Carlos Beltran1. Carlos Beltran:
Even though he'll be 35 early in the 2012 season, the switch-hitting Beltran is the top outfielder available on the market, thanks to a bounce-back (and mostly healthy) year in New York and San Francisco. Although he didn't jumpstart the Giants' offense after his trade tot eh Bay Area, he still produced his fair share, if not more. One player couldn't overcome the Giants' overall lack of offensive production. He hit .323/.369/.551 with seven home runs in 44 games in San Francisco and .300/.385/.525 with 22 homers overall. 
Possible teams: Giants, Yankees, Marlins, Cubs, Braves

Nick Swisher2. Nick Swisher: The Yankees have a $10.25 million option on Swisher, who hit .260/.374/.449 with 23 homers in 2011. The money million won't be an issue for the Yankees, who will most likely pick up the option. There has been a report that New York may exercise the option and try to sign Beltran, then trading Swisher.
Possible teams: Yankees

Michael Cuddyer3. Michael Cuddyer: Cuddyer's versatility could make him a hot commodity. He's primarily played right field, but also played first, second and has played third in the past -- he even pitched a scoreless inning this past season, hitting .284/.346/.459 -- close to his career numbers. He also hit 20 home runs this past season and hit 32 in 2009 before the Twins moved to the spacious Target Field.
Possible teams: Twins, Red Sox, Phillies, Braves, Giants, Angels, Athletics, Cubs, Cardinals, Rockies

Jason Kubel4. Jason Kubel: The 29-year-old enters free agency after playing in just 99 games due to foot problems, it was the first time since 2007 he didn't play at least 140 games, but whoever signs him will be giving that left foot a thorough inspection. Kubel can play either corner spot and give a team some pop -- and if you're into RBI, he did have 103 and 92 in his last two full seasons.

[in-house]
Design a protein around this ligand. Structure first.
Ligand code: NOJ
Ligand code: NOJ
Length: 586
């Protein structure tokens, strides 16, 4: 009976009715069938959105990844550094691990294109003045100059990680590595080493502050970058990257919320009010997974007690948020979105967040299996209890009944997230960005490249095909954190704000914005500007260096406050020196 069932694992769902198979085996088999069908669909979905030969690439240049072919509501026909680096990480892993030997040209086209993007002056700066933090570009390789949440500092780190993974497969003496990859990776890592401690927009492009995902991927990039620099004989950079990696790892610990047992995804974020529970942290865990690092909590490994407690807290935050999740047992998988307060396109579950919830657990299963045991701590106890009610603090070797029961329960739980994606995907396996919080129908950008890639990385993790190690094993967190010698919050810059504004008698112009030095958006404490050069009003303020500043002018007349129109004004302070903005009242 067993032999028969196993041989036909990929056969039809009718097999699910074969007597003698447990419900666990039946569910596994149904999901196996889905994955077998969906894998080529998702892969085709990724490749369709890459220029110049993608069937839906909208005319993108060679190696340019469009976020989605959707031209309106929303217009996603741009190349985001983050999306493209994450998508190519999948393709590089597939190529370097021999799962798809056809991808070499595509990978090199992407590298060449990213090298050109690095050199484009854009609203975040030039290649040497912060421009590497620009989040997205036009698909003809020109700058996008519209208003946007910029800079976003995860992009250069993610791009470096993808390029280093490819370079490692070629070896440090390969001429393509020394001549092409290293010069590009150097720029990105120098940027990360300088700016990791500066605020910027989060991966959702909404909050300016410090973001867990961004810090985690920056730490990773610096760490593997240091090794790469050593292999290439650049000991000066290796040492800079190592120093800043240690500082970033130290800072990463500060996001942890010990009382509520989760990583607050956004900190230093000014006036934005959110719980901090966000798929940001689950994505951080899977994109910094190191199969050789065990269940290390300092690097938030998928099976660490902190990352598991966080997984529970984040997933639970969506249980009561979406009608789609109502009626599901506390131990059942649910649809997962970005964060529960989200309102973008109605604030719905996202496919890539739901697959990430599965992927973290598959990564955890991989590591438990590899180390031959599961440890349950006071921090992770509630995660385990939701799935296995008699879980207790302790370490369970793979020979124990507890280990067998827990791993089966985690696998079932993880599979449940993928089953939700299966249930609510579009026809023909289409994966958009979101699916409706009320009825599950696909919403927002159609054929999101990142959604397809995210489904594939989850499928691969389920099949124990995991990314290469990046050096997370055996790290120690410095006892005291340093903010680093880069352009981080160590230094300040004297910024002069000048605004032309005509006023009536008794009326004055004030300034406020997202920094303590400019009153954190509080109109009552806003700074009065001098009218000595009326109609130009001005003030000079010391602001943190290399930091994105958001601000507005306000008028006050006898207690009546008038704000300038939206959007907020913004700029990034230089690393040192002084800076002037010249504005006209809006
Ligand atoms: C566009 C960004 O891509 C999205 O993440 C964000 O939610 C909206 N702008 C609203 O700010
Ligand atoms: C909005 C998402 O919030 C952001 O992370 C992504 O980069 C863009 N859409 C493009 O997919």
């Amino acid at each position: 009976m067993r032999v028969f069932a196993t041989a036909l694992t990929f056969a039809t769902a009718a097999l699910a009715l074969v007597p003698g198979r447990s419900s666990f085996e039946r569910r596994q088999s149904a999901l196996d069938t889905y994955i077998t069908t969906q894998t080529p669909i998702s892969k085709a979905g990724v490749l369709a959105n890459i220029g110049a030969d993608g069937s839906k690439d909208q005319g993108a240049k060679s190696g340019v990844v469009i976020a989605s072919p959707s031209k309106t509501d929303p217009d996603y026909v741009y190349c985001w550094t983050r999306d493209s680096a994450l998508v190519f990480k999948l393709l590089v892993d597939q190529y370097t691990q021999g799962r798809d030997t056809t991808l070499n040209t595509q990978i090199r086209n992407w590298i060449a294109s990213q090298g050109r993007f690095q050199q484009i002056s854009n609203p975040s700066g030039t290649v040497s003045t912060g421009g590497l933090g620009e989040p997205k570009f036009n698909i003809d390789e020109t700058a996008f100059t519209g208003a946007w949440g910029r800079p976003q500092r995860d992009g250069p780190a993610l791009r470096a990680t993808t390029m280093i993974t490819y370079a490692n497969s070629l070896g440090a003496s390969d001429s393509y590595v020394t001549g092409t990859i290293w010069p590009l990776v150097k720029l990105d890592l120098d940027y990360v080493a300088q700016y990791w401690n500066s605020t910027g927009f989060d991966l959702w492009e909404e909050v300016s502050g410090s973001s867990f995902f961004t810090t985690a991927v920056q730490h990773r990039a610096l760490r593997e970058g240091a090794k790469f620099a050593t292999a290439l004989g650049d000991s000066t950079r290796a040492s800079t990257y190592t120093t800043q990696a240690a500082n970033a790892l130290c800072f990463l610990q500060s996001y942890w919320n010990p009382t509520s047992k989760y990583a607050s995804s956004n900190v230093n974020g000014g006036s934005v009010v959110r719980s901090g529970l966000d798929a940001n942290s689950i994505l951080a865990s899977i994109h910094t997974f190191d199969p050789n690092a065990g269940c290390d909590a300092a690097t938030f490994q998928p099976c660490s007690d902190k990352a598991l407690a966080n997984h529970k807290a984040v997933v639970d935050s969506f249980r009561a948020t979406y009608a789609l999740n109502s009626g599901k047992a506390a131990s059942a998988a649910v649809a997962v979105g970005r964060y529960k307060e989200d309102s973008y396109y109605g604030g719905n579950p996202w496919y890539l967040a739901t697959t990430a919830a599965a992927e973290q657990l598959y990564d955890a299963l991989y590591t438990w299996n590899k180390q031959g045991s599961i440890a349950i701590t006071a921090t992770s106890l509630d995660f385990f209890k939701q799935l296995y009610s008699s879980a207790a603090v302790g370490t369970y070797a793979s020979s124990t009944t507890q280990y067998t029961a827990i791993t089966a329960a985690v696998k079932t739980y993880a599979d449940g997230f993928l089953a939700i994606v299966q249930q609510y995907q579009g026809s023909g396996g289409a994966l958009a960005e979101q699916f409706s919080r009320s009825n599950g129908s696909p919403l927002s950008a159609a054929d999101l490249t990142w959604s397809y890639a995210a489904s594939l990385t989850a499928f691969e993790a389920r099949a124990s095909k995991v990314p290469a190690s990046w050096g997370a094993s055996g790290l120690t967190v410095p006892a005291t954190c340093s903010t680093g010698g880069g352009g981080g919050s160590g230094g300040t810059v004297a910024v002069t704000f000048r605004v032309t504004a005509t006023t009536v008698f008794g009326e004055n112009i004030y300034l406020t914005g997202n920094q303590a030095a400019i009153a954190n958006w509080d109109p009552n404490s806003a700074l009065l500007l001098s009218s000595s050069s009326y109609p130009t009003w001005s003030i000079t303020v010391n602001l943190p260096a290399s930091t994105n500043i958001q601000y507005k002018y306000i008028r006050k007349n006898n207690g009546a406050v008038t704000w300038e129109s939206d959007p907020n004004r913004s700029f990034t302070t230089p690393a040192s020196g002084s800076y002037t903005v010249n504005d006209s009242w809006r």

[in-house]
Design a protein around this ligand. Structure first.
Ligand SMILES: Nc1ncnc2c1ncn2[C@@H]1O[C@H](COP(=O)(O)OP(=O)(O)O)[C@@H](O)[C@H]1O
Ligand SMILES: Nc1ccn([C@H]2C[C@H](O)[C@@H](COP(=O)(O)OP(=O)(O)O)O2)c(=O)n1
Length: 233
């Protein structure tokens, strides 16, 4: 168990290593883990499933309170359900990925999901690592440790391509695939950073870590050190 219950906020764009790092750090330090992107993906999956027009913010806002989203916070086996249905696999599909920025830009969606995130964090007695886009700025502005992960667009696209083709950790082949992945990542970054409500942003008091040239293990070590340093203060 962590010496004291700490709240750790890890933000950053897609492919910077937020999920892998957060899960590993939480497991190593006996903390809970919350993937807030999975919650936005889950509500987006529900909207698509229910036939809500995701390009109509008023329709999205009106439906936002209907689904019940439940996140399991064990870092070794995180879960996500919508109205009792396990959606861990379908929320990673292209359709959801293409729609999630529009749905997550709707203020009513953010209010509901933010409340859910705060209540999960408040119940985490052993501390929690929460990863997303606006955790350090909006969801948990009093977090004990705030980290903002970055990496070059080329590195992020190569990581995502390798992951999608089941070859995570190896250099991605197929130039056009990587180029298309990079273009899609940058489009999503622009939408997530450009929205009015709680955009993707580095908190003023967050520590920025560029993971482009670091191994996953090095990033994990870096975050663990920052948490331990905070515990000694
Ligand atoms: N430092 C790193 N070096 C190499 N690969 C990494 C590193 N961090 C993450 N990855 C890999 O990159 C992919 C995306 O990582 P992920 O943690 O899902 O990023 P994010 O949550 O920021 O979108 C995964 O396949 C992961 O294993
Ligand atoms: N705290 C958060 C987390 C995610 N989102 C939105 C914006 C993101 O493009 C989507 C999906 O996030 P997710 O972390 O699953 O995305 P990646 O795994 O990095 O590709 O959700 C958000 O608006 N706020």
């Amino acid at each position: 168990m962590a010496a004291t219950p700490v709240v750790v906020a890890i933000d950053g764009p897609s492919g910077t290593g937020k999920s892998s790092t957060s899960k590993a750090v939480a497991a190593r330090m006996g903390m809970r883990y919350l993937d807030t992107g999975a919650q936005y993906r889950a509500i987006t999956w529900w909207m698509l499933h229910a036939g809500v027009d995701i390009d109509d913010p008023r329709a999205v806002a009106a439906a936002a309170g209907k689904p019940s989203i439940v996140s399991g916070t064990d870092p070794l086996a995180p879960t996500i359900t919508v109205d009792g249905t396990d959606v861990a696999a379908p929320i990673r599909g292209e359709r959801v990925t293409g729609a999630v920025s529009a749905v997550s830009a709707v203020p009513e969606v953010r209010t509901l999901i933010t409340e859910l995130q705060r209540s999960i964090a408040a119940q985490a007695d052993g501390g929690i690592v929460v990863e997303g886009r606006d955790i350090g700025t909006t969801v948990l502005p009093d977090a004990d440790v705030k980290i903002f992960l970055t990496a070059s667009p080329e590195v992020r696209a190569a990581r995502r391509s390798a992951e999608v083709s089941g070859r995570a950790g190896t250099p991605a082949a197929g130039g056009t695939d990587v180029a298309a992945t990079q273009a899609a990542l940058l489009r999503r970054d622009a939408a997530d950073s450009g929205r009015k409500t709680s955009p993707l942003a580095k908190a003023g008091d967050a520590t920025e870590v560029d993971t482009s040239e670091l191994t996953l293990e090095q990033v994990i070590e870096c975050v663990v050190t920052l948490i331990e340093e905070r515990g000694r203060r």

Possible teams: Twins, Red Sox, Cubs, Reds, Indians

Josh Willingham5. Josh Willingham: The right-handed hitting Willigham had career-bests in home run (29) and RBI (98) -- but saw his batting average (.246) and on-base percentage (.332) take a tumble from not only his lofty 2010 numbers, but also his career averages (.262, .361). Willigham is hardly a Gold Glover and there are also concerns about his durability.
Possible teams: Athletics, Reds, White Sox, Twins, Orioles

Coco Crisp6. Coco Crisp: The 31-year-old is the top center fielder available, so that should help his stock. After a hot start, Crisp struggled in 2011, putting up his lowest on-base percentage (.314) since his second season in the majors. He did lead the American League with 49 stolen bases. The A's have had some interest in re-signing Crosp, but the price could be too high. The Giants have said to have interest in him, as well.
Possible teams: Athletics, Giants, Marlins